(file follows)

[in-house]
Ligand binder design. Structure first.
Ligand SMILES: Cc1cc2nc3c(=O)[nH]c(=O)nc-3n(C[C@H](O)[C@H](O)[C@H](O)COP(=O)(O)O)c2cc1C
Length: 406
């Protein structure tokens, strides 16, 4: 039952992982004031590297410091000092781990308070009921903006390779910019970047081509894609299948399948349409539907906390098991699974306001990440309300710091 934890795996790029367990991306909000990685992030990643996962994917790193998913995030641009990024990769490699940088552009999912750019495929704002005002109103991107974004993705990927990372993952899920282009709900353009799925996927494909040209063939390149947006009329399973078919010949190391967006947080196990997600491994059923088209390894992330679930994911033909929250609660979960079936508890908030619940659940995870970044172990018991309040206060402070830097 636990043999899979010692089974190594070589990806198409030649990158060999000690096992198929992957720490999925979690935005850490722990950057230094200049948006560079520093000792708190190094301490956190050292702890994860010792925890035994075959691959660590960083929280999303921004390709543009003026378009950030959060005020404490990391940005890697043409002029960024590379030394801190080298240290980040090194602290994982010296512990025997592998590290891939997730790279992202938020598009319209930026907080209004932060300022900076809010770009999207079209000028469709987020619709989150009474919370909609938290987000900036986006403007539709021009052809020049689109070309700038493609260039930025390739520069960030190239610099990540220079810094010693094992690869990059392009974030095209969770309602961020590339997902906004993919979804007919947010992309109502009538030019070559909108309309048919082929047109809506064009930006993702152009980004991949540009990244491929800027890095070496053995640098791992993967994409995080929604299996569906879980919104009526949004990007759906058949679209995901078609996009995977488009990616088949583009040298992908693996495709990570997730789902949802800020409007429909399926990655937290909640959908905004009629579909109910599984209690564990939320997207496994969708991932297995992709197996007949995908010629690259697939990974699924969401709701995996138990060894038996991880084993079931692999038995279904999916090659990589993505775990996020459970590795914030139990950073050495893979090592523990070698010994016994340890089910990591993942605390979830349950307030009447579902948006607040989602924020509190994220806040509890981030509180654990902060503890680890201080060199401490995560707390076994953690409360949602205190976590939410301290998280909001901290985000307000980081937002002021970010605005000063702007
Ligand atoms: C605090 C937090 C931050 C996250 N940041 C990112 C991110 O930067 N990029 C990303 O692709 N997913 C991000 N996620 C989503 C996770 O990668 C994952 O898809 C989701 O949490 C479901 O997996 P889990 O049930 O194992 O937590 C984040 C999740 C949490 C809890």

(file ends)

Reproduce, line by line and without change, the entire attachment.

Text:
[in-house]
Ligand binder design. Structure first.
Ligand SMILES: Cc1cc2nc3c(=O)[nH]c(=O)nc-3n(C[C@H](O)[C@H](O)[C@H](O)COP(=O)(O)O)c2cc1C
Length: 406
């Protein structure tokens, strides 16, 4: 039952992982004031590297410091000092781990308070009921903006390779910019970047081509894609299948399948349409539907906390098991699974306001990440309300710091 934890795996790029367990991306909000990685992030990643996962994917790193998913995030641009990024990769490699940088552009999912750019495929704002005002109103991107974004993705990927990372993952899920282009709900353009799925996927494909040209063939390149947006009329399973078919010949190391967006947080196990997600491994059923088209390894992330679930994911033909929250609660979960079936508890908030619940659940995870970044172990018991309040206060402070830097 636990043999899979010692089974190594070589990806198409030649990158060999000690096992198929992957720490999925979690935005850490722990950057230094200049948006560079520093000792708190190094301490956190050292702890994860010792925890035994075959691959660590960083929280999303921004390709543009003026378009950030959060005020404490990391940005890697043409002029960024590379030394801190080298240290980040090194602290994982010296512990025997592998590290891939997730790279992202938020598009319209930026907080209004932060300022900076809010770009999207079209000028469709987020619709989150009474919370909609938290987000900036986006403007539709021009052809020049689109070309700038493609260039930025390739520069960030190239610099990540220079810094010693094992690869990059392009974030095209969770309602961020590339997902906004993919979804007919947010992309109502009538030019070559909108309309048919082929047109809506064009930006993702152009980004991949540009990244491929800027890095070496053995640098791992993967994409995080929604299996569906879980919104009526949004990007759906058949679209995901078609996009995977488009990616088949583009040298992908693996495709990570997730789902949802800020409007429909399926990655937290909640959908905004009629579909109910599984209690564990939320997207496994969708991932297995992709197996007949995908010629690259697939990974699924969401709701995996138990060894038996991880084993079931692999038995279904999916090659990589993505775990996020459970590795914030139990950073050495893979090592523990070698010994016994340890089910990591993942605390979830349950307030009447579902948006607040989602924020509190994220806040509890981030509180654990902060503890680890201080060199401490995560707390076994953690409360949602205190976590939410301290998280909001901290985000307000980081937002002021970010605005000063702007
Ligand atoms: C605090 C937090 C931050 C996250 N940041 C990112 C991110 O930067 N990029 C990303 O692709 N997913 C991000 N996620 C989503 C996770 O990668 C994952 O898809 C989701 O949490 C479901 O997996 P889990 O049930 O194992 O937590 C984040 C999740 C949490 C809890």